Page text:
These actresses didn't have to stuff themselves into particular boxes, because they were so different. Ingrid Bergman and Greer Garson could play the same role, but they would play it much differently. Who their characters (and sometimes, they themselves) were as people was always displayed.

I guess what I'm trying to say -- in probably the most confusing way possible -- is that I saw so many different kinds of strong female characters in classic film. Because of this, even when I also saw many belittled and one dimensional female characters, it was ingrained in me that there is a place for so many different kinds of women.

And not to be excessively cheesy/to be excessively cheesy, I learned the importance of being my own person.

So, in defense of classic film, I learned about strong female characters from the oh-so unenlightened older generations of movies.

And I got to experience strong females in real-life through my mum and my sisters. 

I wish all eight year-old girls were shown as positive a depiction of strong females as I had. 


**Honor Blackman is an actual action heroine, but that is another story for another time.


Simoa said...

I am. In love. With. This. Post. Everything you said is so succinct, and the personal elements especially touching. I agree, and think strong female characters are often put in a box. Ie to be one you must be single, independent, Tough™, and a bunch of other things that limit women when we and these characters should be regarded as people & not fit into a box.

Also, yay Pixar.

Millie said...


Thank you so much, my dear! It really means a lot!

Yes, exactly, these opposite ideas where you either have to be completely independent or completely dependent as a woman. Craziness.

Also, I love "Tough™." I think you just described my new wildly successful action figure company. ;-D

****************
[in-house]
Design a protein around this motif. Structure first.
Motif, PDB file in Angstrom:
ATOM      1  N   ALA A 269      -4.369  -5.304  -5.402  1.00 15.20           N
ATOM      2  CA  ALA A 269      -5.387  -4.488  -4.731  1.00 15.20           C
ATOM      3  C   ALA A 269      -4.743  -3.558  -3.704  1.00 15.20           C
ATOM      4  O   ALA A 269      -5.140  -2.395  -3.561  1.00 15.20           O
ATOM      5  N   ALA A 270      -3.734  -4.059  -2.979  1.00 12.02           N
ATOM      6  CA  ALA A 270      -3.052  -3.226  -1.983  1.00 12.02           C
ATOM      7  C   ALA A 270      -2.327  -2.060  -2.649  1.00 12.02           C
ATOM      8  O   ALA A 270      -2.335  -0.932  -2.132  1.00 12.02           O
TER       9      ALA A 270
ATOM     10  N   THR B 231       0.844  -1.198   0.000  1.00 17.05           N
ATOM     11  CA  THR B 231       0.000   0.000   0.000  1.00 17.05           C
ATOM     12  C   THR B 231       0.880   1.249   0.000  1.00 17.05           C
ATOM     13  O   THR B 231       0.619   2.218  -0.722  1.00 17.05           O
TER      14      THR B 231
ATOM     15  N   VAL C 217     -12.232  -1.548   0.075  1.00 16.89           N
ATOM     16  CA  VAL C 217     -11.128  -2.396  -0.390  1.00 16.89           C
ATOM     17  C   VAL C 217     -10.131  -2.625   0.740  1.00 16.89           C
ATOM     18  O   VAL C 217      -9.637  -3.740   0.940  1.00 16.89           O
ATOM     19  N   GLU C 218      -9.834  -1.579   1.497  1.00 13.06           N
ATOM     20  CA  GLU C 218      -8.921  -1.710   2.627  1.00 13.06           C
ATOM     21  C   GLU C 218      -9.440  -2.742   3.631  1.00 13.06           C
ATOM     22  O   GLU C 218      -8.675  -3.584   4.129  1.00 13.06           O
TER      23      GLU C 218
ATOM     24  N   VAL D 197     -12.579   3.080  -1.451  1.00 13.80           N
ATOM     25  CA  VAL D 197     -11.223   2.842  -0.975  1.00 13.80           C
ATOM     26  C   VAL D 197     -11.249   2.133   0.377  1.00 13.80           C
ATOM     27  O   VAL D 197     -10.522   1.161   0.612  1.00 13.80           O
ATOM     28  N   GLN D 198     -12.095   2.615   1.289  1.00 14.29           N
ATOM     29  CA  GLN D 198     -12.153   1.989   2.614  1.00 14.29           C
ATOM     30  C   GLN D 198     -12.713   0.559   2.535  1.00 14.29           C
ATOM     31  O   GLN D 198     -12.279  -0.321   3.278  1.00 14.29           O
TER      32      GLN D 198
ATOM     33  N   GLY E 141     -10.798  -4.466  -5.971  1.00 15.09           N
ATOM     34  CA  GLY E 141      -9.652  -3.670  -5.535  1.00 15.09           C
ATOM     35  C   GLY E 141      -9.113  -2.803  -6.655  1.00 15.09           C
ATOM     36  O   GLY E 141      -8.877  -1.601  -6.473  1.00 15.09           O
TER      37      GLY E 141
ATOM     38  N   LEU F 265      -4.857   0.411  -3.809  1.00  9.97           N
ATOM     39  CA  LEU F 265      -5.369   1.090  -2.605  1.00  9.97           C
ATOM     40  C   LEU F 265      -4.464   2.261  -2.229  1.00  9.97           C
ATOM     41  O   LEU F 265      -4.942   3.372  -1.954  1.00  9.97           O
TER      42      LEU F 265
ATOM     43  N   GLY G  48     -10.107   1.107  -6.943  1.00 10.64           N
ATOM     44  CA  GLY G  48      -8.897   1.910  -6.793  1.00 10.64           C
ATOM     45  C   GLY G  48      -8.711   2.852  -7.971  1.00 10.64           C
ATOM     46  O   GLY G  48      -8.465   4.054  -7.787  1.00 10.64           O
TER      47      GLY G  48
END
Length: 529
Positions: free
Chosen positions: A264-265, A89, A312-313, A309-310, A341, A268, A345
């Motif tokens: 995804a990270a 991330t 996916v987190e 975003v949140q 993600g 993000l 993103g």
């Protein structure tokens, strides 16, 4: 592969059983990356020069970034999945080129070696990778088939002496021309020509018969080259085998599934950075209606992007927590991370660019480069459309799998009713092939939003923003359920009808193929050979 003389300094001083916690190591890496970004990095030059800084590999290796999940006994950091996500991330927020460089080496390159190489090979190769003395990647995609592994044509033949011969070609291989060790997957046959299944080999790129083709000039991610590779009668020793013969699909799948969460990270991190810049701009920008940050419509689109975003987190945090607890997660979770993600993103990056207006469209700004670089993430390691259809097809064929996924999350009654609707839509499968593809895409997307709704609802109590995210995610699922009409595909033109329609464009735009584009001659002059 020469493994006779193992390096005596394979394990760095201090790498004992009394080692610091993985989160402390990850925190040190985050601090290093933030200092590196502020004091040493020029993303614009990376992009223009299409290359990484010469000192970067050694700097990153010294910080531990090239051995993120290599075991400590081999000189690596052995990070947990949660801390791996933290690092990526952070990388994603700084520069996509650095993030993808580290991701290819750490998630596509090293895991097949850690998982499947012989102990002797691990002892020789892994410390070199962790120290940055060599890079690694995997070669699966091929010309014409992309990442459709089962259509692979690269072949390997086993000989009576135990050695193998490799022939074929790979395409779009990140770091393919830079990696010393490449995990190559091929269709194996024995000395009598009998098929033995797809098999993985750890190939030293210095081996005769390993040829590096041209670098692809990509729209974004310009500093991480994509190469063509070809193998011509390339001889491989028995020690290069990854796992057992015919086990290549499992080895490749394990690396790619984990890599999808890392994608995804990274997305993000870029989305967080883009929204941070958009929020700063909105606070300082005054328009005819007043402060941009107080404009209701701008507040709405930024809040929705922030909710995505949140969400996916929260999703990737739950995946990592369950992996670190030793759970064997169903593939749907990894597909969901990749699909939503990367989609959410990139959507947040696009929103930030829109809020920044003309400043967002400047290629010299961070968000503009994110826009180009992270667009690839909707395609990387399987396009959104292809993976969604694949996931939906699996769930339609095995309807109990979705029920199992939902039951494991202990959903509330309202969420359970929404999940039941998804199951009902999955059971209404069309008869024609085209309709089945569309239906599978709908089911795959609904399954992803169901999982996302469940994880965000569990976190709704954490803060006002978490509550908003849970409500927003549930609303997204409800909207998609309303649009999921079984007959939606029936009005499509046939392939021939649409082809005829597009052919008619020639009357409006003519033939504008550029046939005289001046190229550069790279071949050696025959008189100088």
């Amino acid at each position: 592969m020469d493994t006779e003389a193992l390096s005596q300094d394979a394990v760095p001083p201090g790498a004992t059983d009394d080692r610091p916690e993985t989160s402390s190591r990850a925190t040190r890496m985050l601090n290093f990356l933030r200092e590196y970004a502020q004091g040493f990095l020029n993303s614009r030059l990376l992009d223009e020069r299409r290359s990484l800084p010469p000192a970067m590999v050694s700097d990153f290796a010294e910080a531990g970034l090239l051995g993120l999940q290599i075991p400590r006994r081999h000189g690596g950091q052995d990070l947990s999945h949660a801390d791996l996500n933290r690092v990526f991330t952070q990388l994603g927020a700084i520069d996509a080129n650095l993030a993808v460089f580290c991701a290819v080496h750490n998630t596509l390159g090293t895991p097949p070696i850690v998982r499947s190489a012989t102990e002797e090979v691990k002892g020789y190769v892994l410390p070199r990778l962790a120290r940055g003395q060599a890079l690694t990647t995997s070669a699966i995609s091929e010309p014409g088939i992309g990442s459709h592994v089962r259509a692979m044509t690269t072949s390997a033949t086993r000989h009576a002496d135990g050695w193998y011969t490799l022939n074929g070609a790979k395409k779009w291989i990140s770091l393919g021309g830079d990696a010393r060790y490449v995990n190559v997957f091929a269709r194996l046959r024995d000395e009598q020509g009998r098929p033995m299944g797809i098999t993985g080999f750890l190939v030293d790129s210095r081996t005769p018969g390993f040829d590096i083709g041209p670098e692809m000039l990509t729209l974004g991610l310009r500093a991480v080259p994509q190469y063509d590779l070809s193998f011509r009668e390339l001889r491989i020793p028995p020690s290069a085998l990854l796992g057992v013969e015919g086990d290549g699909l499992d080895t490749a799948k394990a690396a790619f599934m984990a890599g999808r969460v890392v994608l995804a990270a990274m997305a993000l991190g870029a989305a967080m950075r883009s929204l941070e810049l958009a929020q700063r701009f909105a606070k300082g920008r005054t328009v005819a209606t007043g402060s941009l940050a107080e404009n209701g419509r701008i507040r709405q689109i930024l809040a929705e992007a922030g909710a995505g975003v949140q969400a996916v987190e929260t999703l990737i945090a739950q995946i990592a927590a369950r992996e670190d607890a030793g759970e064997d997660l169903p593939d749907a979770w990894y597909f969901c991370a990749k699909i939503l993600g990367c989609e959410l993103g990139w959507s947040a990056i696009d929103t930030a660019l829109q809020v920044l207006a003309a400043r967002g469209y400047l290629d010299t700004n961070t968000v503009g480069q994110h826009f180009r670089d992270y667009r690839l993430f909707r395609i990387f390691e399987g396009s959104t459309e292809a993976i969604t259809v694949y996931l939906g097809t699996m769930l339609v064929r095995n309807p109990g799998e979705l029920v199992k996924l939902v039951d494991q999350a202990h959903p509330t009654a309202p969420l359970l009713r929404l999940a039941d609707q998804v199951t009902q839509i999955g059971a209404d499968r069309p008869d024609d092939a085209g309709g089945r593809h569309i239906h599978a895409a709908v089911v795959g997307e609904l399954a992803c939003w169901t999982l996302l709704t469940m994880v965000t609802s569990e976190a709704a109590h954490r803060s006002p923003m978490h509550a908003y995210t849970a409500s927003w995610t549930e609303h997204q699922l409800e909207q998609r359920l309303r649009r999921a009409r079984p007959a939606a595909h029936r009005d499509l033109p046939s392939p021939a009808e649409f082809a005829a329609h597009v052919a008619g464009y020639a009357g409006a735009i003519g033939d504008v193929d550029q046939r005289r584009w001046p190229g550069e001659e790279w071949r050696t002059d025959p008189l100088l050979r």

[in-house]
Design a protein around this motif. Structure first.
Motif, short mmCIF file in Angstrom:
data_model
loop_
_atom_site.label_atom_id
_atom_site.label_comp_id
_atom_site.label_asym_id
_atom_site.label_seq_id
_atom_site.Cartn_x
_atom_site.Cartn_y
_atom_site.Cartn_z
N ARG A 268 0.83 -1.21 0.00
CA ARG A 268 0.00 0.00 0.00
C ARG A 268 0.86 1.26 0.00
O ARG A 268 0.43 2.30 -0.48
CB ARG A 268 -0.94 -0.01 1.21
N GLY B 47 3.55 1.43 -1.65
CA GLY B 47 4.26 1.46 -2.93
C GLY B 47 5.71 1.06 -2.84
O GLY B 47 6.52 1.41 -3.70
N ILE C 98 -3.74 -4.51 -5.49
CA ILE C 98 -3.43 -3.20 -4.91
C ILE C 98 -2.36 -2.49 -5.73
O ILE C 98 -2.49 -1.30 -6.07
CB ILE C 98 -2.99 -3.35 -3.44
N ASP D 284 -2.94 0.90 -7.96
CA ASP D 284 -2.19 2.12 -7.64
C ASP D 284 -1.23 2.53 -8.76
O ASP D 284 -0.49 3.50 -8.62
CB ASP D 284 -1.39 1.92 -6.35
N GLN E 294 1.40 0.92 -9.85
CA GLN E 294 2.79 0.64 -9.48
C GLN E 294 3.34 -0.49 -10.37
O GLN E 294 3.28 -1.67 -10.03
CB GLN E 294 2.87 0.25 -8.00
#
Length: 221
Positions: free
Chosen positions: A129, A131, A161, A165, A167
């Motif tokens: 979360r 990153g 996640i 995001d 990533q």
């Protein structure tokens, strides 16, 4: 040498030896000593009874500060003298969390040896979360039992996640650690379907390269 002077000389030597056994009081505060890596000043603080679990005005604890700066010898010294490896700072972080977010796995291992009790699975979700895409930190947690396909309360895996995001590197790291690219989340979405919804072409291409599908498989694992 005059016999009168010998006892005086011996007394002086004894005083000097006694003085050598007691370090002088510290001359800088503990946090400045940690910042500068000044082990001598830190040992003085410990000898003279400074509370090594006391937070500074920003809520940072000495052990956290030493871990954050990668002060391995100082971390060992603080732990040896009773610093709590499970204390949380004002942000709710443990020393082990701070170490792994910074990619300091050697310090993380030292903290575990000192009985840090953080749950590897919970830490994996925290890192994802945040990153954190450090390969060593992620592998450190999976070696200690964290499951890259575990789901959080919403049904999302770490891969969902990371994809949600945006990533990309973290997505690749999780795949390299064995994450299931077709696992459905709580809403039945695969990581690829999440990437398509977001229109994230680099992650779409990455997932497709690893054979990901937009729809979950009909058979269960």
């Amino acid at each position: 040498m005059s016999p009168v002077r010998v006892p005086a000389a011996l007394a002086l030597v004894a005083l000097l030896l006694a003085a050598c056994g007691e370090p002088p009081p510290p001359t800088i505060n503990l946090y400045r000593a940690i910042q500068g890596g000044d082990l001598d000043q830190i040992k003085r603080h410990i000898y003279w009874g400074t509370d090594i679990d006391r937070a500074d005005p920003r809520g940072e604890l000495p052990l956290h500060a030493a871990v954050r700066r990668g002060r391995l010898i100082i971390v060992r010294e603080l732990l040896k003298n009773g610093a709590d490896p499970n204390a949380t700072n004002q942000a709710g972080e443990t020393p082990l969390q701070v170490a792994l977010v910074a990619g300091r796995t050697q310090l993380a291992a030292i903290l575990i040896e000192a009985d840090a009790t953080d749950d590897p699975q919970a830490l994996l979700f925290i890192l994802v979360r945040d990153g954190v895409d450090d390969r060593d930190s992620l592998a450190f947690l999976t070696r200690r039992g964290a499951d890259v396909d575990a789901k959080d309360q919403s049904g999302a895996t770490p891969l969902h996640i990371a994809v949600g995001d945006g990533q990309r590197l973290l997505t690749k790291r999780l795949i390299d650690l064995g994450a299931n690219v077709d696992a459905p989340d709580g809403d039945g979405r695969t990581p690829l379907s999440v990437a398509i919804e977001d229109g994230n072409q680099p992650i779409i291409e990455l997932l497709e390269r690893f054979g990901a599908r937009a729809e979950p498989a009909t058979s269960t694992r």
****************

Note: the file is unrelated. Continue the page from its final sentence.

Yes, I still go and see every Pixar movie in theatres because those were usually the only movies I saw in theatres!

Merriam said...

Hear, hear!!

Hamlette said...

Yes, yes, and yes. As a kid, my two favorite actresses were Maureen O'Hara and Debbie Reynolds. Maureen is still tops in my book. Her characters were generally feisty and intelligent, but also loving and kind.

I may have to link to this post on my own blog, because it's brilliant.

Sofia said...

Not doubt you were lucky to be introduced to great female characters at an early age, and I completely agree that classic films were capable of having them - the examples you gave show just that.

Sexism may not be as evident today, but it's still hard to find truly great and inspiring (meaning, not fitting in the categories you mentioned) female characters these days, when compared to the male ones.

Millie said...

Merriam: How are you, my dear?

Hamlette: I totally forgot to mention Maureen O'Hara. SHE IS THE GREATEST.

Thank you! :-)

Sofia: Oh, absolutely. I definitely agree. And, although, much of the legally-upheld sexism is gone -- at least in America -- it is still obvious in things like the entertainment industry.